Search by category:
Sometimes people ask me why we came up with the idea for Nightingale Night Nurses (or how we came up with the idea). It was a process, but basically it came down to this: I’ve been working with new parents and their children for years, and one of the major thing I consistently see is sleep deprivation.
Think about it: when one of your friends has a baby, what’s one of the first assumptions you make about their life now? Probably that it’s much busier — and very tiring. A lot of times, first-time parents will nail it (yes, this does happen) and they’re surprised by the fact that a lot of their adult friends drop off. When they reach out to those friends, the first response is usually: “Oh, I just assumed you were super busy and always tired.”
Now, a lot of the times, this is the case. That’s for sure.
Times vary by individual, but in general an adult human being should get between 7.5 and 9 hours of sleep to be their best. Children and teenagers need more — but the irony of very young children, of course, is that they don’t often sleep through the night. Their sleep might come at other times of day. As a parent, you have a completely innate sense of connection and being a caretaker for your new child (and any other children). So, if the child has overnight needs, you naturally want to attend to those needs — but in the process, you reduce your own effectiveness as an adult.
And, in many cases, you have a job on top of all this — whether that job is waking up and being a stay-at-home parent or you go into an office. Going to a job on three hours of sleep vs. eight hours of sleep is a big difference. If you have a hair-trigger, performance-driven boss, sleep can be the difference between keeping that job and getting laid off. (Sad, but unfortunately true.)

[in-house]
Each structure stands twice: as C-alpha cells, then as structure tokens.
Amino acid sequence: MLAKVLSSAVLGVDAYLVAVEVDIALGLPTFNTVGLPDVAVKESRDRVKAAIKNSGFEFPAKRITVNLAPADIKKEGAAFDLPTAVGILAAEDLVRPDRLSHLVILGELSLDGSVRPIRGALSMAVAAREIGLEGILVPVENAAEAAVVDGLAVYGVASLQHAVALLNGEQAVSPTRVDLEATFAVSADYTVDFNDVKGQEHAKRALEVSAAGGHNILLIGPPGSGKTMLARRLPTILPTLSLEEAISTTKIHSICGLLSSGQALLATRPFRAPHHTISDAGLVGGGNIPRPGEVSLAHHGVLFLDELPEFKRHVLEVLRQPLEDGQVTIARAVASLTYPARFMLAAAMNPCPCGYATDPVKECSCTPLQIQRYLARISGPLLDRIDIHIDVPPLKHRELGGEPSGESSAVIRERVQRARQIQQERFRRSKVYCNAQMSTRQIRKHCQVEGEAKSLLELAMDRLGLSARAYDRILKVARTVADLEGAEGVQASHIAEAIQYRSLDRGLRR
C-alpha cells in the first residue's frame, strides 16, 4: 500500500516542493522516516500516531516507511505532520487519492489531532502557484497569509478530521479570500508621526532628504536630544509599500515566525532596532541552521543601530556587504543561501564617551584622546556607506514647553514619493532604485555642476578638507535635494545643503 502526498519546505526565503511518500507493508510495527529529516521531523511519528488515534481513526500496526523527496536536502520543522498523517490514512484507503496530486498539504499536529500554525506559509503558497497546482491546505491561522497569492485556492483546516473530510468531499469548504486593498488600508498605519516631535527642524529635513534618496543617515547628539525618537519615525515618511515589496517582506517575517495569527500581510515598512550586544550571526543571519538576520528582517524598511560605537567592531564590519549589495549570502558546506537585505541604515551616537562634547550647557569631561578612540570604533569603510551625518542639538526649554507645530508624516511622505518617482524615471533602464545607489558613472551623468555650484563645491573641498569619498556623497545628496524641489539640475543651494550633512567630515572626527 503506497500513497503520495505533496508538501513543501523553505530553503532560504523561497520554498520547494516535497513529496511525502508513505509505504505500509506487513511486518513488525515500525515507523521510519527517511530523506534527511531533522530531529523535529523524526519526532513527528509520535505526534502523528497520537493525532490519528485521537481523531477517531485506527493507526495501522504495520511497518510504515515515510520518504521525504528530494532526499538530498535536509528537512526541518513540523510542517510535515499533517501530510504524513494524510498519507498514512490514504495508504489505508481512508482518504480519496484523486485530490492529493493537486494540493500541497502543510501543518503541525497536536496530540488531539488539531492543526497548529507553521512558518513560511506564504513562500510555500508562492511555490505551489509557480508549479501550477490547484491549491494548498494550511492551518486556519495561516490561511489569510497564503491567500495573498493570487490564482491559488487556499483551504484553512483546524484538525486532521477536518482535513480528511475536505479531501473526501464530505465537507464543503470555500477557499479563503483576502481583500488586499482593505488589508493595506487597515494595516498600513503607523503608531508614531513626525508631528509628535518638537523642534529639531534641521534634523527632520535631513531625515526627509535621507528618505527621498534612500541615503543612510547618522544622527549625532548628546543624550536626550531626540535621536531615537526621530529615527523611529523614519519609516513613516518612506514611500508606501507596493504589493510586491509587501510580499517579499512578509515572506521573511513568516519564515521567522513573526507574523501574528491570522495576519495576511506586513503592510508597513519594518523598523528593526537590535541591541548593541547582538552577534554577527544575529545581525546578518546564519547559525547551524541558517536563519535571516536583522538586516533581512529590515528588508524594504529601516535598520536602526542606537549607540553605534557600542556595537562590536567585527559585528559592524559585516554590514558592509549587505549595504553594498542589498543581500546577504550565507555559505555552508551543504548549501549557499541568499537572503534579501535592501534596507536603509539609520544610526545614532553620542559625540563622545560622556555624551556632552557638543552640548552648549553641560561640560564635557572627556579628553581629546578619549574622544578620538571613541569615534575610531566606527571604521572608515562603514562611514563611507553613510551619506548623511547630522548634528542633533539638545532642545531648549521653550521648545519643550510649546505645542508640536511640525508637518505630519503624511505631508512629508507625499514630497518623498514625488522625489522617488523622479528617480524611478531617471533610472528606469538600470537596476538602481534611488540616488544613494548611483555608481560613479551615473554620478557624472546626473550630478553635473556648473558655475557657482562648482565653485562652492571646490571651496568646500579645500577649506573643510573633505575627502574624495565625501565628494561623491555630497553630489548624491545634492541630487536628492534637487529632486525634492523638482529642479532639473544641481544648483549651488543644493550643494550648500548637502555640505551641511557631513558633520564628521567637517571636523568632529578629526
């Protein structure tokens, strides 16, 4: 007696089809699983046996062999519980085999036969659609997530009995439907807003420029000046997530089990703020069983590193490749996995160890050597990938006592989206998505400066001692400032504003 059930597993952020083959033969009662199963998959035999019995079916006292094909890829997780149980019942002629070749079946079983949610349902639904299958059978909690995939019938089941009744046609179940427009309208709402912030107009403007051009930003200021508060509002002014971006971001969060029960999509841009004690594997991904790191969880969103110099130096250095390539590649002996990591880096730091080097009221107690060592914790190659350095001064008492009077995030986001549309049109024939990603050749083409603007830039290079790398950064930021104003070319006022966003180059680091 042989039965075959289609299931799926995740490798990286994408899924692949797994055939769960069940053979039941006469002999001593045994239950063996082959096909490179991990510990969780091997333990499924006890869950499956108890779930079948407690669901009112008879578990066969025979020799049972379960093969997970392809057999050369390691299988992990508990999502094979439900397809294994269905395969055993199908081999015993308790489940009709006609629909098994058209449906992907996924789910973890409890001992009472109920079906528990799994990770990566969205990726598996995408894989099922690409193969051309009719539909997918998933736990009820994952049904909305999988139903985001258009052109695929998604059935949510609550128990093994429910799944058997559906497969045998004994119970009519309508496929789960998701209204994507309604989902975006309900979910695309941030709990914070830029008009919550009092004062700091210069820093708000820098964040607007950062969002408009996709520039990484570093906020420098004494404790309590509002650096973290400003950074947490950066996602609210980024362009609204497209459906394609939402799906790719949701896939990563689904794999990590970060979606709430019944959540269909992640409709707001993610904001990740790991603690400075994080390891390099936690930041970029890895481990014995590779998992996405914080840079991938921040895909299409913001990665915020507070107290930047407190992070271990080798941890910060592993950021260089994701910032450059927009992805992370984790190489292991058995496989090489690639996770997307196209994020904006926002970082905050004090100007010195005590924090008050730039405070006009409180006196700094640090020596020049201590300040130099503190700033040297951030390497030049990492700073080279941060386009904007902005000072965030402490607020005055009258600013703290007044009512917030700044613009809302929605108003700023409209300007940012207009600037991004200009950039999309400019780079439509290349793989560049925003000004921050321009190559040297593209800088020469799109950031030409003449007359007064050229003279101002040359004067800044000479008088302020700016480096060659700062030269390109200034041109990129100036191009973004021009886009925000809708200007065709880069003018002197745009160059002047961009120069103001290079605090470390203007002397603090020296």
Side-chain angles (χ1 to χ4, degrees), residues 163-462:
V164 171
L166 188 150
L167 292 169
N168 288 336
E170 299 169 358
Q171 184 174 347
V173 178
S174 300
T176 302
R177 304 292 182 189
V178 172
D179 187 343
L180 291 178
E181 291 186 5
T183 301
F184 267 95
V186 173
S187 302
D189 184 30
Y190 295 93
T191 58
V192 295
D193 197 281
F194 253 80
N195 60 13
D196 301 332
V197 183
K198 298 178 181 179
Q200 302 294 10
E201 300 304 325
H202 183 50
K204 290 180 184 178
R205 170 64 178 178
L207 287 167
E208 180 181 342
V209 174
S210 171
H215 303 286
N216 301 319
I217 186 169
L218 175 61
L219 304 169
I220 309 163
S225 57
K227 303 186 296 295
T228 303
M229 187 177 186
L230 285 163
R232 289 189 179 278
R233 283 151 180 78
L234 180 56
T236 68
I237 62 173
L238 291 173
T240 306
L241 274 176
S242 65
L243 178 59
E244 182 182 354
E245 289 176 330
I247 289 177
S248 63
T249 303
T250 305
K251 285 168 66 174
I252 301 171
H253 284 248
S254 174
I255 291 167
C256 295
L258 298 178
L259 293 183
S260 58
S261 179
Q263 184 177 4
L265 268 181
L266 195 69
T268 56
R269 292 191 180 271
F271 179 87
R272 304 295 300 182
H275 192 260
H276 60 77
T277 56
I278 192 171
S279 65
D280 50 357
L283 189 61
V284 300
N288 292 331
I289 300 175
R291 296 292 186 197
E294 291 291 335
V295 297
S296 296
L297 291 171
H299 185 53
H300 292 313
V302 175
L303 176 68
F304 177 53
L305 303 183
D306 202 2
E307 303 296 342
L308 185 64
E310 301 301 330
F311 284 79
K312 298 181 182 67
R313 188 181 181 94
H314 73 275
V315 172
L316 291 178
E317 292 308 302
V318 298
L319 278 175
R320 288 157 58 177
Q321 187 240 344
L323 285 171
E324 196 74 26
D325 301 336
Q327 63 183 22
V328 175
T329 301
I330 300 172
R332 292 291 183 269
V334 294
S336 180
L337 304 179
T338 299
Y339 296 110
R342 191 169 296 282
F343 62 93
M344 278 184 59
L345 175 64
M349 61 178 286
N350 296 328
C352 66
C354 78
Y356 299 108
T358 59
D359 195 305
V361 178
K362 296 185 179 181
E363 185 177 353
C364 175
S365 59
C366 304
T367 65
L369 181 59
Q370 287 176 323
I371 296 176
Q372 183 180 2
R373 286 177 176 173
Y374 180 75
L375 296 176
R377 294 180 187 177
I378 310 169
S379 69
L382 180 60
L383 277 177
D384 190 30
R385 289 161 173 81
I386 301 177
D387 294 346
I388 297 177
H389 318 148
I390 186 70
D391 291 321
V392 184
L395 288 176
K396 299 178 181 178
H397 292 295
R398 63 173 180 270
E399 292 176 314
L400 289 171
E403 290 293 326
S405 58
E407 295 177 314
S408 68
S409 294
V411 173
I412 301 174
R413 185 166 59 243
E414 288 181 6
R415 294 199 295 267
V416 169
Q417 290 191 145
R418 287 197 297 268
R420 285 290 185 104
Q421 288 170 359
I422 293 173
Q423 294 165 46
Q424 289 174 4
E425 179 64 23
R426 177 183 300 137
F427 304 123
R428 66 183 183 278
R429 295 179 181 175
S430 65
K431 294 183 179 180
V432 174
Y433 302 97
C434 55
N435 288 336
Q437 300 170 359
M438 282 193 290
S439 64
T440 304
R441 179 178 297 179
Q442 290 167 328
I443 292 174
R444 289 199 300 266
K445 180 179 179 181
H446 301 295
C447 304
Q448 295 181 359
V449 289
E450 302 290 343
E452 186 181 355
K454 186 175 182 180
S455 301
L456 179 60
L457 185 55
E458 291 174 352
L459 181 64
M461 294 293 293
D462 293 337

This is all a long way of explaining the beginning of why the Nightingales became to be. We want to help you get the sleep that you need — all with the security of knowing those you love the most are in good hands.
As I mentioned, parents are hard-wired to be responsive to their baby’s needs. Giving this up can be one of the hardest things for some moms and dads, especially first-timers. They want to be there for all the moments, even the 3am ones, so they get confused by the idea of a night nurse. If that’s your boat — but at the same time you find yourself half-awake virtually all week and weekend — then come talk to us about how it works, what it looks like, what the pricing structure would be, and where the lines of “what we handle” vs. “what you can handle” would fall. It varies for every family, so I’m always open to having those conversations.
Sleep deprivation after baby is a real problem — and it’s one we can help with. So reach out today if you’re interested.